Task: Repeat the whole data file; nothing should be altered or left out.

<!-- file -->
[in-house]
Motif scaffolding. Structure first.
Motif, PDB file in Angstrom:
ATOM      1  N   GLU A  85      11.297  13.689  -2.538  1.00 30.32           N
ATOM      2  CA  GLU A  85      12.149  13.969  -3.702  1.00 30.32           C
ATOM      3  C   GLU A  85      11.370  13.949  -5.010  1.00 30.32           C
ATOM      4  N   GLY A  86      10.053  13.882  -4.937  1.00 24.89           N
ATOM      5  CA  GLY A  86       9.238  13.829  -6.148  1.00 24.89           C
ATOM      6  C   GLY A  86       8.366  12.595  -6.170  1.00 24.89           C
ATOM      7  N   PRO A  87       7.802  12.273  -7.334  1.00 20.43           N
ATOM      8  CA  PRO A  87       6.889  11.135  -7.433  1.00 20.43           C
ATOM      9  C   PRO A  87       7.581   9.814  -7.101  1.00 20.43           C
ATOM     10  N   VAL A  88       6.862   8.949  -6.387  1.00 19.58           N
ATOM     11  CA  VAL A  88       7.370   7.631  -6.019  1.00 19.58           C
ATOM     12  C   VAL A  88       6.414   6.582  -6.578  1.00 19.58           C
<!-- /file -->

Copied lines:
[in-house]
Motif scaffolding. Structure first.
Motif, PDB file in Angstrom:
ATOM      1  N   GLU A  85      11.297  13.689  -2.538  1.00 30.32           N
ATOM      2  CA  GLU A  85      12.149  13.969  -3.702  1.00 30.32           C
ATOM      3  C   GLU A  85      11.370  13.949  -5.010  1.00 30.32           C
ATOM      4  N   GLY A  86      10.053  13.882  -4.937  1.00 24.89           N
ATOM      5  CA  GLY A  86       9.238  13.829  -6.148  1.00 24.89           C
ATOM      6  C   GLY A  86       8.366  12.595  -6.170  1.00 24.89           C
ATOM      7  N   PRO A  87       7.802  12.273  -7.334  1.00 20.43           N
ATOM      8  CA  PRO A  87       6.889  11.135  -7.433  1.00 20.43           C
ATOM      9  C   PRO A  87       7.581   9.814  -7.101  1.00 20.43           C
ATOM     10  N   VAL A  88       6.862   8.949  -6.387  1.00 19.58           N
ATOM     11  CA  VAL A  88       7.370   7.631  -6.019  1.00 19.58           C
ATOM     12  C   VAL A  88       6.414   6.582  -6.578  1.00 19.58           C